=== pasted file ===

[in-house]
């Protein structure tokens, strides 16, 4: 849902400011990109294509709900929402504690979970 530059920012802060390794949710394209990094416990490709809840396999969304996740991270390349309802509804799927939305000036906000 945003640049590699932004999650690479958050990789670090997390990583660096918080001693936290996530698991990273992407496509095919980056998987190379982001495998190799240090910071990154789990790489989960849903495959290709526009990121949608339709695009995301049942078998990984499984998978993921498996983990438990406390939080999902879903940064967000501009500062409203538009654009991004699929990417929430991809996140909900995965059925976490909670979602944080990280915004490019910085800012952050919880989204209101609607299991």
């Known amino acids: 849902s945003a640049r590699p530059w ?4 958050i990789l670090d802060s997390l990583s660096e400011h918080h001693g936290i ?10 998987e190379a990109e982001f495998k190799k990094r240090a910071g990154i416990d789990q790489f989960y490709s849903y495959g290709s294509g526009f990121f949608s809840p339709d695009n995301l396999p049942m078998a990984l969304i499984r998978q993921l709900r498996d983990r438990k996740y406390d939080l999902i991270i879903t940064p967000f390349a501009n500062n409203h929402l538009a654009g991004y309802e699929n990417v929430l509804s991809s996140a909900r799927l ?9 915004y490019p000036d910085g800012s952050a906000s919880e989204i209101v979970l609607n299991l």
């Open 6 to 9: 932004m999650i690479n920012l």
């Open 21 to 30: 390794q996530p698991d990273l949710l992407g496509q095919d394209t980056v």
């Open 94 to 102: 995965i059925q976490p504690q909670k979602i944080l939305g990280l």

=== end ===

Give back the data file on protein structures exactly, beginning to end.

[in-house]
């Protein structure tokens, strides 16, 4: 849902400011990109294509709900929402504690979970 530059920012802060390794949710394209990094416990490709809840396999969304996740991270390349309802509804799927939305000036906000 945003640049590699932004999650690479958050990789670090997390990583660096918080001693936290996530698991990273992407496509095919980056998987190379982001495998190799240090910071990154789990790489989960849903495959290709526009990121949608339709695009995301049942078998990984499984998978993921498996983990438990406390939080999902879903940064967000501009500062409203538009654009991004699929990417929430991809996140909900995965059925976490909670979602944080990280915004490019910085800012952050919880989204209101609607299991």
């Known amino acids: 849902s945003a640049r590699p530059w ?4 958050i990789l670090d802060s997390l990583s660096e400011h918080h001693g936290i ?10 998987e190379a990109e982001f495998k190799k990094r240090a910071g990154i416990d789990q790489f989960y490709s849903y495959g290709s294509g526009f990121f949608s809840p339709d695009n995301l396999p049942m078998a990984l969304i499984r998978q993921l709900r498996d983990r438990k996740y406390d939080l999902i991270i879903t940064p967000f390349a501009n500062n409203h929402l538009a654009g991004y309802e699929n990417v929430l509804s991809s996140a909900r799927l ?9 915004y490019p000036d910085g800012s952050a906000s919880e989204i209101v979970l609607n299991l």
């Open 6 to 9: 932004m999650i690479n920012l």
């Open 21 to 30: 390794q996530p698991d990273l949710l992407g496509q095919d394209t980056v």
């Open 94 to 102: 995965i059925q976490p504690q909670k979602i944080l939305g990280l």